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The Privilege of Being A Mother

There is an incredible privilege that comes with being a mother. It comes when our children go through hard times and come to us for help or for answers. Use these times as great opportunities to teach your children about God's goodness and faithfulness.

Sick seaons are incredibly tough seasons. Especially if you have several children. Short, but tough. There is little else you can do other than take care of sick children because their need for mom escalates. So the house is left undone and meals are simple or take out. We become confined to the house to keep our germs to ourselves and rest to get well. It's certainly my least favorite thing about the fall and winter seasons.

But, to be the one my children reach their hands out to for a comforting touch, to be the one who rubs the back of my sick child to comfort them in a most uncomfortable state, that is a privilege. There is no one who can comfort quite like a mother (or father). This is an opportunity to build an incredible connection with our children.

It's an opportunity to be OK with letting the house go, letting the stress go, and just be still with your child, at a time in their young childhood when they need you most. These are the things they will remember.

I admit, it took several sick seasons before I learned to embrace those moments. I always found it dreadful. It disrupts our schedule, it disrupts our comfort. Who likes that?

One year, sickness lead to some interesting conversations about God answering prayer. My then six-year old son, through tears, said he kept praying to God to feel better, but God wasn't answering his prayer. As a mother, how do you respond to that? My husband and I both had a short, simple talk with our son about this.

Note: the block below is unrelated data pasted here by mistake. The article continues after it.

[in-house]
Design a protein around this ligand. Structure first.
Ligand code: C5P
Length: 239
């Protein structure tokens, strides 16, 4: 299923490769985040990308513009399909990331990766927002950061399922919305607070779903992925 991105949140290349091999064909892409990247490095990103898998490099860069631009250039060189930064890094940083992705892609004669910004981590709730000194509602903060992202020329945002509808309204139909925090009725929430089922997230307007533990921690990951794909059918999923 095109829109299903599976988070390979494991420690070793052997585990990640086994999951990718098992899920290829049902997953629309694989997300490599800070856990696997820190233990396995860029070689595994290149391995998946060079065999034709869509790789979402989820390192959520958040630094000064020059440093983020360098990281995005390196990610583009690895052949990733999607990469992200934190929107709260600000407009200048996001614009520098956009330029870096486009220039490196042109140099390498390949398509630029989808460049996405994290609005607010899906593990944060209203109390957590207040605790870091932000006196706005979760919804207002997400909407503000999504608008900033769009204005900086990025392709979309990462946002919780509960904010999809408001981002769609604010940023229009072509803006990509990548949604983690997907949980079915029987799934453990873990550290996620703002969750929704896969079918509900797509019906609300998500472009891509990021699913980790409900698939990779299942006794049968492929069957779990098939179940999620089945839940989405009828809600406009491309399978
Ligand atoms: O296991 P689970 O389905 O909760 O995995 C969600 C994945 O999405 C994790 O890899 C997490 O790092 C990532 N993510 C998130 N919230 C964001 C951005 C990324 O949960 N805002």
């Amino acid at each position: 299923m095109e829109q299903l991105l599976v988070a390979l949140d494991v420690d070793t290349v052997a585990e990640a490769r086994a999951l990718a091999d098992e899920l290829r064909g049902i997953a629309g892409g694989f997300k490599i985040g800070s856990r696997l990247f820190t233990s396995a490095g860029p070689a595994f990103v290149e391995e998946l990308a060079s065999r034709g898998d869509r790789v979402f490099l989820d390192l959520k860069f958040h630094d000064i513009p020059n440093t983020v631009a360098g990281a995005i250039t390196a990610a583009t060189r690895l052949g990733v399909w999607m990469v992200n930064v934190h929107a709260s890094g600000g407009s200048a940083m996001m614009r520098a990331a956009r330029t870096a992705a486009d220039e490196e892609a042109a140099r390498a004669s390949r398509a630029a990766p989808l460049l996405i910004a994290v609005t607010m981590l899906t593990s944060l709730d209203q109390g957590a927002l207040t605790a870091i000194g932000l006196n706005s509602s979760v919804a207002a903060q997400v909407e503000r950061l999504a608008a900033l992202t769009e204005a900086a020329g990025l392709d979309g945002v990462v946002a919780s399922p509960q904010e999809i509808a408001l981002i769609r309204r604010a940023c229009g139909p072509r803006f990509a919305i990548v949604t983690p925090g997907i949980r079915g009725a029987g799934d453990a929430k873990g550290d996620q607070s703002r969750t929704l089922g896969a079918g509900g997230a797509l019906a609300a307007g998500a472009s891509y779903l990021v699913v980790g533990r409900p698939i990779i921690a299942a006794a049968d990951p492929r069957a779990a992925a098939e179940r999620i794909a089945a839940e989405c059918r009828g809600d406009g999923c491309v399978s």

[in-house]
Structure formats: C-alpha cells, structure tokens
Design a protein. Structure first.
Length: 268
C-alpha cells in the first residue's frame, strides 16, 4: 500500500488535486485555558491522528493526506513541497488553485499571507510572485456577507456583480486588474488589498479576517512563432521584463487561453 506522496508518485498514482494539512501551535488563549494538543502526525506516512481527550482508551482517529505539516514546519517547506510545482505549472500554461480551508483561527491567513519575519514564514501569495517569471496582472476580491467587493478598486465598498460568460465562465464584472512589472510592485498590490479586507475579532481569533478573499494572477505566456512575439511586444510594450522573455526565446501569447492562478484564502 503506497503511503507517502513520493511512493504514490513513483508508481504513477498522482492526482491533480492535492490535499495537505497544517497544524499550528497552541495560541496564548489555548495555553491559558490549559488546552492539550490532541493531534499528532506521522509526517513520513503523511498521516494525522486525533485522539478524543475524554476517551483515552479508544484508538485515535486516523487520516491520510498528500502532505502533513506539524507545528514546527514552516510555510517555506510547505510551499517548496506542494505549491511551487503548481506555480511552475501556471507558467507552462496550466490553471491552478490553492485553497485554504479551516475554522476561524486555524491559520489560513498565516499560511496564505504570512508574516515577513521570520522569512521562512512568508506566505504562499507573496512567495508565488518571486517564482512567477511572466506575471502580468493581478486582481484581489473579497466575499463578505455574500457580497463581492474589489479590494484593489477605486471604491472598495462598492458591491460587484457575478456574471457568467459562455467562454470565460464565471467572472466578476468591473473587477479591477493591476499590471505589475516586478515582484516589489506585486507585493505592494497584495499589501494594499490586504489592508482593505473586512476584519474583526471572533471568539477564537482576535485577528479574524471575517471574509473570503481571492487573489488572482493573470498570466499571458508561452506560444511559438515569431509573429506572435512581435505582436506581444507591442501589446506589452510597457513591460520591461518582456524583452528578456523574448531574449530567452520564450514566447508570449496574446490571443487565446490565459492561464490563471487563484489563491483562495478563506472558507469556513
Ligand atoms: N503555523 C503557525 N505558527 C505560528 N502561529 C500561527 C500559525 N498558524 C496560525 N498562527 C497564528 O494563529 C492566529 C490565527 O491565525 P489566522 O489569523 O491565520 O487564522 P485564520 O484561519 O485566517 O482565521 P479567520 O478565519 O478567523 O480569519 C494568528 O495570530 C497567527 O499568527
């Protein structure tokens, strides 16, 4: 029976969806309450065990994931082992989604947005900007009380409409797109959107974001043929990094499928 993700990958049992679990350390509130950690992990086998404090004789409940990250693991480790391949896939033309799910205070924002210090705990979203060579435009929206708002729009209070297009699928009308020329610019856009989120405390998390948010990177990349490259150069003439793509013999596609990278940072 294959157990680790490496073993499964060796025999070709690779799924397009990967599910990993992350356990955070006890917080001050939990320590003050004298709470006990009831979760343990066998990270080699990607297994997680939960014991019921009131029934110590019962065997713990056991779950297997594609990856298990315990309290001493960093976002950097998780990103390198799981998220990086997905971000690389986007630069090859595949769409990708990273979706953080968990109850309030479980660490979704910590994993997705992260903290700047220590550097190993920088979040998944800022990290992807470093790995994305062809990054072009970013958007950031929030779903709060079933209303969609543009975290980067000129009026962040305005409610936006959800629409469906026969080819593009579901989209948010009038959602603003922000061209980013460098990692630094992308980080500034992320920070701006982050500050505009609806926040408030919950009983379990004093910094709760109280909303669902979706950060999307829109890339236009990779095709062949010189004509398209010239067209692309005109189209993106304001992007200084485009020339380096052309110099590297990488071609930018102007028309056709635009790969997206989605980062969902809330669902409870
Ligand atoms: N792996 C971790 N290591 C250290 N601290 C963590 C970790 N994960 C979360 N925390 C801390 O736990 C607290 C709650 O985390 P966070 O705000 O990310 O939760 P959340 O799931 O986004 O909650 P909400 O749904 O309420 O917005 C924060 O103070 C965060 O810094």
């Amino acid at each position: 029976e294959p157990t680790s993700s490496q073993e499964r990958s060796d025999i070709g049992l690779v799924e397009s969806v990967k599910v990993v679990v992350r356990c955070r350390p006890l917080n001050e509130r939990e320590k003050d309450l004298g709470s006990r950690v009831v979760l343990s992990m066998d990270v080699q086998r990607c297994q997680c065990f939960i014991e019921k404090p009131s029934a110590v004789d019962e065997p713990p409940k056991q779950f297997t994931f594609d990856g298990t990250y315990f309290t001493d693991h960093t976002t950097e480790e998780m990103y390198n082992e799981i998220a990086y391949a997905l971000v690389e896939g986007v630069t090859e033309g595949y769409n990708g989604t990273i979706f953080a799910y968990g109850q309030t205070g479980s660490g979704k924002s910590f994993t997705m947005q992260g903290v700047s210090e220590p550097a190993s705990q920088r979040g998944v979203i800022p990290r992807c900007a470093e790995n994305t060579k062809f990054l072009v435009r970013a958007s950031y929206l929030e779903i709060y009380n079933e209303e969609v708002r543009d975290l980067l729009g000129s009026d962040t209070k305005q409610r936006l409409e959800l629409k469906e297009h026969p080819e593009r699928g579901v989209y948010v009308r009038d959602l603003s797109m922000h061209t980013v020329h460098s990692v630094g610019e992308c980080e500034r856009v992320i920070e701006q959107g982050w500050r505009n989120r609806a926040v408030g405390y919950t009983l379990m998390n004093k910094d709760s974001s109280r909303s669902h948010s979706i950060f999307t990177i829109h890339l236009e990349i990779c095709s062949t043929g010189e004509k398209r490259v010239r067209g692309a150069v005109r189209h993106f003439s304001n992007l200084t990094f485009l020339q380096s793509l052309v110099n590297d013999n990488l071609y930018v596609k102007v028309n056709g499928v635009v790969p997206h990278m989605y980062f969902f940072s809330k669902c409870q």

We told him that God doesn't always answer our prayers the way we expect that He will. That even if he does not feel better right now, God has not left him and He is there to comfort him.

Likewise, my eldest daughter brought up a very similar conversation with me about praying that she would not catch the germ because she has a fear of throwing up. I explained to her that God designed our bodies to function a certain way and that throwing up is not actually a bad thing, but a good one because our body is trying to rid itself of toxins. So, even if she got sick, it doesn't mean that God didn't hear her prayer or not answer her, but rather, that there is simply a different way then we would prefer.

How do we respond when we don't get things the way we want them?

Stop believing in God? Stop thinking Him good and the One who knows best? No. We respond with the opportunity to trust Him, and we pass this teaching down to our children. Enduring through a seasonal illness may not seem so big to us adults who understand there are worse things in life. But for a child who has yet to see and experience even some of what we have experienced, an illness can seem like a big deal.

These are one of the many moments that help build and shape our children's faith. This is where we as mother's have the ability to teach our children something important and true about God and His character. These are the moments that will later shape our children into who they will become based on their own identity in Christ.

This is how God uses mothers in such a crucial and unique way. We have the privilege of being a great comfort to our children, and a spiritual shaper of how they view God, according to His word. And it starts with small seasonal illnesses.

Don't take the sick season for granted. Turn it into opportunity.

Have you ever considered turning a dreadful season into one of opportunity?

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